National Coaches Week Reason #1

nicole#1 Coach Nicole.

I met Nicole at work, but I didn’t find out until after months of begging and pleading for her to go out with me that she had a secret life as a gymnastics coach. I remember the first time I went to the gym to meet her after coaching. I was fascinated with the skills the kids were doing, I was amazed at how she handled the complex tasks of directing the kids, correcting mistakes, assigning work and staying engaged with her athletes. Her style was different from the other coaches and I knew that I wanted to be involved. Her influence on me as a coach has been undeniable. She was the one who taught me the basic principles of being a good coach. Never sit down. Never lose your cool. Plan ahead. Be early for class. Most importantly though, be a coach first and a friend second.

Nicole was my guide, my lead coach when I got qualified and became her CIT. She helped me to develop my coaching style and as I gained in skill and confidence we became a great team coaching some amazing kids to incredible heights.

With the arrival of our daughter Nicole had to step away from coaching and although she had been in gymnastics for 16 years as an athlete and a coach I could tell she missed it. I missed coaching with her and so when she came back to the sport last year I was thrilled. To this day I still watch her coach and I am amazed at her ability to entertain and educate the children. For me, there is no other coach like her, she is an awesome role model for anyone who wants to be a great coach. She taught me everything I needed to know just by being an awesome leader and I will be forever grateful to her. I am so fortunate to have been able to share the 3 most incredible things in my life with her. In fact I can’t think of how my life could have been any better, being married to Nicole, having a beautiful daughter together and being able to share my journey as a gymnastics coach with her.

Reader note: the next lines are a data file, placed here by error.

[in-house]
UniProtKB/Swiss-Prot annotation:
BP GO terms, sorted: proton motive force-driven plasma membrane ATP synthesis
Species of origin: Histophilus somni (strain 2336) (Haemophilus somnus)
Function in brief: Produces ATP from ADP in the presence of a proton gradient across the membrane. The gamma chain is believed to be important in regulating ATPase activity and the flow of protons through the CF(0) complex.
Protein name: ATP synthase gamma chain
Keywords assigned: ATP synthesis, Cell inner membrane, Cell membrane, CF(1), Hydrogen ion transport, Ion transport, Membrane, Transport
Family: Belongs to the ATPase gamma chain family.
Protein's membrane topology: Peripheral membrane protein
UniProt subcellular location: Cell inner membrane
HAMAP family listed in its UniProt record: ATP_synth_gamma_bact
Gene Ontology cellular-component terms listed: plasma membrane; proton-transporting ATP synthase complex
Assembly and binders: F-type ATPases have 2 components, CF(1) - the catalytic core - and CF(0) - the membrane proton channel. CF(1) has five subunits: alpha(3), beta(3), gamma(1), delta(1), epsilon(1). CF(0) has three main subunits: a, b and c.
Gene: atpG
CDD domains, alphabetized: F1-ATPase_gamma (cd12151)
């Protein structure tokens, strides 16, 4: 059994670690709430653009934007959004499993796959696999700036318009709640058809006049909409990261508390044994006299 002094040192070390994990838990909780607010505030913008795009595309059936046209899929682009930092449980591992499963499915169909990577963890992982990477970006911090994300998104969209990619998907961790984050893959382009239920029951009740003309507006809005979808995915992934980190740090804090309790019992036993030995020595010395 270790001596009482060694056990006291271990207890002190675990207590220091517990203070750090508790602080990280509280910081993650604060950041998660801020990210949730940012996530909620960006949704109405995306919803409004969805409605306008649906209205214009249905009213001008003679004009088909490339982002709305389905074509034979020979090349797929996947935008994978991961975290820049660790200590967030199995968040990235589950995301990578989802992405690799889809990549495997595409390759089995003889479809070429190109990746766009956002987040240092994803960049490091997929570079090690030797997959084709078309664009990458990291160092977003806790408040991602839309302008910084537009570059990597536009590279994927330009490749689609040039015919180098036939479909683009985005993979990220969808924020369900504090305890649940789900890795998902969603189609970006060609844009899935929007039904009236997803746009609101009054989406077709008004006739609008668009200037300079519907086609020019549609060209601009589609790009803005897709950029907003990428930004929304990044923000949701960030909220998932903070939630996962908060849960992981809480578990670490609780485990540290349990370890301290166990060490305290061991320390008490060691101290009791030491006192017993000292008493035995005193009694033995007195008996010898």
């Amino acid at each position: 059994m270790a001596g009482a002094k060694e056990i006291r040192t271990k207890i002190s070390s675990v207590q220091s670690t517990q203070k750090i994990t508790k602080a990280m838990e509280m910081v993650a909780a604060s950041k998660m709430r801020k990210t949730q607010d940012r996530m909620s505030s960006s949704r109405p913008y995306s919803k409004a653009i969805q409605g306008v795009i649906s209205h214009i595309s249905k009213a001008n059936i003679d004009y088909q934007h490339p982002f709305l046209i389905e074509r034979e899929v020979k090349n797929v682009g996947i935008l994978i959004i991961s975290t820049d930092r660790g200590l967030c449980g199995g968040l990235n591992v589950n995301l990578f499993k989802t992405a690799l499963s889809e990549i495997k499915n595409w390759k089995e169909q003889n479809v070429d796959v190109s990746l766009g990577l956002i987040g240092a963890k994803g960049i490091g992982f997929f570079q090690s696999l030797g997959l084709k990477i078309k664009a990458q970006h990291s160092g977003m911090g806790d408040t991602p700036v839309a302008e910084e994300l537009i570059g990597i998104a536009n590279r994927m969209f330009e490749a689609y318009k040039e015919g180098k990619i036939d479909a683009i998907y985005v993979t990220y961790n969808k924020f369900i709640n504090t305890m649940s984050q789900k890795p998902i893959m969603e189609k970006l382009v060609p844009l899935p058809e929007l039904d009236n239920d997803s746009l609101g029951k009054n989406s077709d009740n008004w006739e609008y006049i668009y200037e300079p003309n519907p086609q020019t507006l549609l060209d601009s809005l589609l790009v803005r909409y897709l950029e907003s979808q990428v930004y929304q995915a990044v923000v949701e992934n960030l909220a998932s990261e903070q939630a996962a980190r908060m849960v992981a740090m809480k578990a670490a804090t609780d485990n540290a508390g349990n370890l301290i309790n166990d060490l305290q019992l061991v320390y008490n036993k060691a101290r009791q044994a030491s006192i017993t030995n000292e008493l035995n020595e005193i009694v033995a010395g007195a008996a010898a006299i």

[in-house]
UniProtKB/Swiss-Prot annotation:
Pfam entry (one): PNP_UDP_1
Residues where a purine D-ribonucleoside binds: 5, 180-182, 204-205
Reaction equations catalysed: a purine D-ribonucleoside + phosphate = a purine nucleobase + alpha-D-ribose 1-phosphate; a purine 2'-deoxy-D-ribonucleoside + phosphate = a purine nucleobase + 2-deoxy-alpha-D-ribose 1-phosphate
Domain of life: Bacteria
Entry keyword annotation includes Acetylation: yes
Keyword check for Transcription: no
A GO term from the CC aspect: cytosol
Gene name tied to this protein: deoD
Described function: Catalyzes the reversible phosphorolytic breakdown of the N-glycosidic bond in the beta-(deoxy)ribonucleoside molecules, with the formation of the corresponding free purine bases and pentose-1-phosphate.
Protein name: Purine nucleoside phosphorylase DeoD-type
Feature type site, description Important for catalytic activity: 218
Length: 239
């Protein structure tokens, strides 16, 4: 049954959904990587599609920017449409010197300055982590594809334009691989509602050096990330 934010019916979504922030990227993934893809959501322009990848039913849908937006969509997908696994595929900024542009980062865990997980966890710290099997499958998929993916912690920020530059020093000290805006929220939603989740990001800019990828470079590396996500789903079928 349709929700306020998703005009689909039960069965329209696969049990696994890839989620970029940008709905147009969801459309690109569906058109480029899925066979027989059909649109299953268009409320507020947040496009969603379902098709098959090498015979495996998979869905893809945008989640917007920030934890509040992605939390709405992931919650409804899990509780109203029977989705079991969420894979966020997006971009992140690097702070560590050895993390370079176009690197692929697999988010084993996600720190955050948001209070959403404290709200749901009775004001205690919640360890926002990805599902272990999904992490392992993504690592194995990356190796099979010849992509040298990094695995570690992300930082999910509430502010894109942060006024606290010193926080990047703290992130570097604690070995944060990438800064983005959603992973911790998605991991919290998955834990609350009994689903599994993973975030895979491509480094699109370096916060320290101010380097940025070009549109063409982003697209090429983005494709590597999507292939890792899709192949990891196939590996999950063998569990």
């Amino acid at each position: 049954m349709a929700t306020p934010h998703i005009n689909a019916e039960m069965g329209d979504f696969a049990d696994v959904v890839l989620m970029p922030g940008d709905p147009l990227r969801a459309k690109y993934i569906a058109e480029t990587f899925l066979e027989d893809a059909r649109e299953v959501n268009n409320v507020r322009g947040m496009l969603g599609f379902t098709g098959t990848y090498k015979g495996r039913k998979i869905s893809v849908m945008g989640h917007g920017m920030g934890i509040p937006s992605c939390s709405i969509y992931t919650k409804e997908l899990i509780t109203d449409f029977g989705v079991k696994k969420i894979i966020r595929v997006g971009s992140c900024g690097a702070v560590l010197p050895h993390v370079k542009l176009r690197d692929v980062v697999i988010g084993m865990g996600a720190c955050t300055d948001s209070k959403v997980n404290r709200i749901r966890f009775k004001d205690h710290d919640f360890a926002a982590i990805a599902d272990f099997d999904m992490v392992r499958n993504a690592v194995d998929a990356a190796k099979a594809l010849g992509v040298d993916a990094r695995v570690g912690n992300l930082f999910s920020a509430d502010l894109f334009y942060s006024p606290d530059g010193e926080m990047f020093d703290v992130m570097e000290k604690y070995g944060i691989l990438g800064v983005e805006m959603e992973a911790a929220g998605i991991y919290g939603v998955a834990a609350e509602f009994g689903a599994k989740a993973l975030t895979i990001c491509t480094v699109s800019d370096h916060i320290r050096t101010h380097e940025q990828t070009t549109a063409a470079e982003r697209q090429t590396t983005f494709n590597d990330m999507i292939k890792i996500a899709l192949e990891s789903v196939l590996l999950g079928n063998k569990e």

I’m the luckiest guy alive.


National Coaches Week Reason #2

KaitNik#2 Broken ankles and broken hearts. How my perspective changed in 2015.

Every coach knows you can’t stay emotionally separate from your kids. Every season they weasel their way into your heart leaving sweaty little footprints on your soul. You want the best for them, you get their best from them in any way you can and the trust that is built in a dangerous sport like gymnastics is unlike any other. That’s why retiring athletes are celebrated and missed so much, that bond which can be years in the making is a treasure. But there is a darker flipside to this coin.